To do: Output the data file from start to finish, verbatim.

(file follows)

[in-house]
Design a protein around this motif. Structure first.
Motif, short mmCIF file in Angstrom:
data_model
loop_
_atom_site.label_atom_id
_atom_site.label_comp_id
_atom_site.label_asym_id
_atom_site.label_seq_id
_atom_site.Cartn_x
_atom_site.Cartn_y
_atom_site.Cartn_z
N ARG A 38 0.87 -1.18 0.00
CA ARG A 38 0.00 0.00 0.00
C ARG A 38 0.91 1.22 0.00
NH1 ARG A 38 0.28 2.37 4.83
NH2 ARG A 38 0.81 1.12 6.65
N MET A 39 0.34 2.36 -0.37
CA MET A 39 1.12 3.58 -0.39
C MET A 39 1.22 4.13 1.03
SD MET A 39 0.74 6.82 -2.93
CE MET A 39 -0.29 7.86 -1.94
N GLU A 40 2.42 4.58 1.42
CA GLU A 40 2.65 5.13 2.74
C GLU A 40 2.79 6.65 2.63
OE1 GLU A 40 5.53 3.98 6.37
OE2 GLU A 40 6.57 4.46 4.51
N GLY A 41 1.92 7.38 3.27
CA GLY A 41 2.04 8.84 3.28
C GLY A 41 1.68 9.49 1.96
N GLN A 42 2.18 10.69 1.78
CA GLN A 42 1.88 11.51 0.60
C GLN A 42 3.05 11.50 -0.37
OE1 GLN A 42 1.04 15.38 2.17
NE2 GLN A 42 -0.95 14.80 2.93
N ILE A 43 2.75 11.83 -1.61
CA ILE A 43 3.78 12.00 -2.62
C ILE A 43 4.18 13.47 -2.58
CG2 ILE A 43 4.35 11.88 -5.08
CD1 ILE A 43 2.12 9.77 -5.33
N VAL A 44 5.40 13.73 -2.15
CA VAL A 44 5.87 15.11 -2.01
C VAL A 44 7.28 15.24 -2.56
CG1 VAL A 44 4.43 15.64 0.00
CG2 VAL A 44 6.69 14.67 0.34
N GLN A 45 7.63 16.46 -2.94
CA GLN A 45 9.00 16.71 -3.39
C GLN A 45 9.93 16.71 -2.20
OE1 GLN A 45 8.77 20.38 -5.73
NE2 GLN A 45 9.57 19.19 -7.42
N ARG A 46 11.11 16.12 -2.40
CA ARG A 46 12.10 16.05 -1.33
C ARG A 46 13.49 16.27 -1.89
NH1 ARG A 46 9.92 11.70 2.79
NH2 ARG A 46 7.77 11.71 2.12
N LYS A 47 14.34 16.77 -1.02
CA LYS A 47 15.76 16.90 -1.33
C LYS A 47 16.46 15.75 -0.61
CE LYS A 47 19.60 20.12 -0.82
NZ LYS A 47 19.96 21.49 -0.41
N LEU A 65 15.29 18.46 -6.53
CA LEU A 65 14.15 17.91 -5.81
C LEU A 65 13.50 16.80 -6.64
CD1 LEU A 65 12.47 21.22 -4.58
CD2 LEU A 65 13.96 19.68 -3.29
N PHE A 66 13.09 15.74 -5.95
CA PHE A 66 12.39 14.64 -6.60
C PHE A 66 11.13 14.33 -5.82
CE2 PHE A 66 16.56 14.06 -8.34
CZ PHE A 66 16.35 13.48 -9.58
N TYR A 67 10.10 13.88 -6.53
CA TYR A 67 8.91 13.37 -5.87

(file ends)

[in-house]
Design a protein around this motif. Structure first.
Motif, short mmCIF file in Angstrom:
data_model
loop_
_atom_site.label_atom_id
_atom_site.label_comp_id
_atom_site.label_asym_id
_atom_site.label_seq_id
_atom_site.Cartn_x
_atom_site.Cartn_y
_atom_site.Cartn_z
N ARG A 38 0.87 -1.18 0.00
CA ARG A 38 0.00 0.00 0.00
C ARG A 38 0.91 1.22 0.00
NH1 ARG A 38 0.28 2.37 4.83
NH2 ARG A 38 0.81 1.12 6.65
N MET A 39 0.34 2.36 -0.37
CA MET A 39 1.12 3.58 -0.39
C MET A 39 1.22 4.13 1.03
SD MET A 39 0.74 6.82 -2.93
CE MET A 39 -0.29 7.86 -1.94
N GLU A 40 2.42 4.58 1.42
CA GLU A 40 2.65 5.13 2.74
C GLU A 40 2.79 6.65 2.63
OE1 GLU A 40 5.53 3.98 6.37
OE2 GLU A 40 6.57 4.46 4.51
N GLY A 41 1.92 7.38 3.27
CA GLY A 41 2.04 8.84 3.28
C GLY A 41 1.68 9.49 1.96
N GLN A 42 2.18 10.69 1.78
CA GLN A 42 1.88 11.51 0.60
C GLN A 42 3.05 11.50 -0.37
OE1 GLN A 42 1.04 15.38 2.17
NE2 GLN A 42 -0.95 14.80 2.93
N ILE A 43 2.75 11.83 -1.61
CA ILE A 43 3.78 12.00 -2.62
C ILE A 43 4.18 13.47 -2.58
CG2 ILE A 43 4.35 11.88 -5.08
CD1 ILE A 43 2.12 9.77 -5.33
N VAL A 44 5.40 13.73 -2.15
CA VAL A 44 5.87 15.11 -2.01
C VAL A 44 7.28 15.24 -2.56
CG1 VAL A 44 4.43 15.64 0.00
CG2 VAL A 44 6.69 14.67 0.34
N GLN A 45 7.63 16.46 -2.94
CA GLN A 45 9.00 16.71 -3.39
C GLN A 45 9.93 16.71 -2.20
OE1 GLN A 45 8.77 20.38 -5.73
NE2 GLN A 45 9.57 19.19 -7.42
N ARG A 46 11.11 16.12 -2.40
CA ARG A 46 12.10 16.05 -1.33
C ARG A 46 13.49 16.27 -1.89
NH1 ARG A 46 9.92 11.70 2.79
NH2 ARG A 46 7.77 11.71 2.12
N LYS A 47 14.34 16.77 -1.02
CA LYS A 47 15.76 16.90 -1.33
C LYS A 47 16.46 15.75 -0.61
CE LYS A 47 19.60 20.12 -0.82
NZ LYS A 47 19.96 21.49 -0.41
N LEU A 65 15.29 18.46 -6.53
CA LEU A 65 14.15 17.91 -5.81
C LEU A 65 13.50 16.80 -6.64
CD1 LEU A 65 12.47 21.22 -4.58
CD2 LEU A 65 13.96 19.68 -3.29
N PHE A 66 13.09 15.74 -5.95
CA PHE A 66 12.39 14.64 -6.60
C PHE A 66 11.13 14.33 -5.82
CE2 PHE A 66 16.56 14.06 -8.34
CZ PHE A 66 16.35 13.48 -9.58
N TYR A 67 10.10 13.88 -6.53
CA TYR A 67 8.91 13.37 -5.87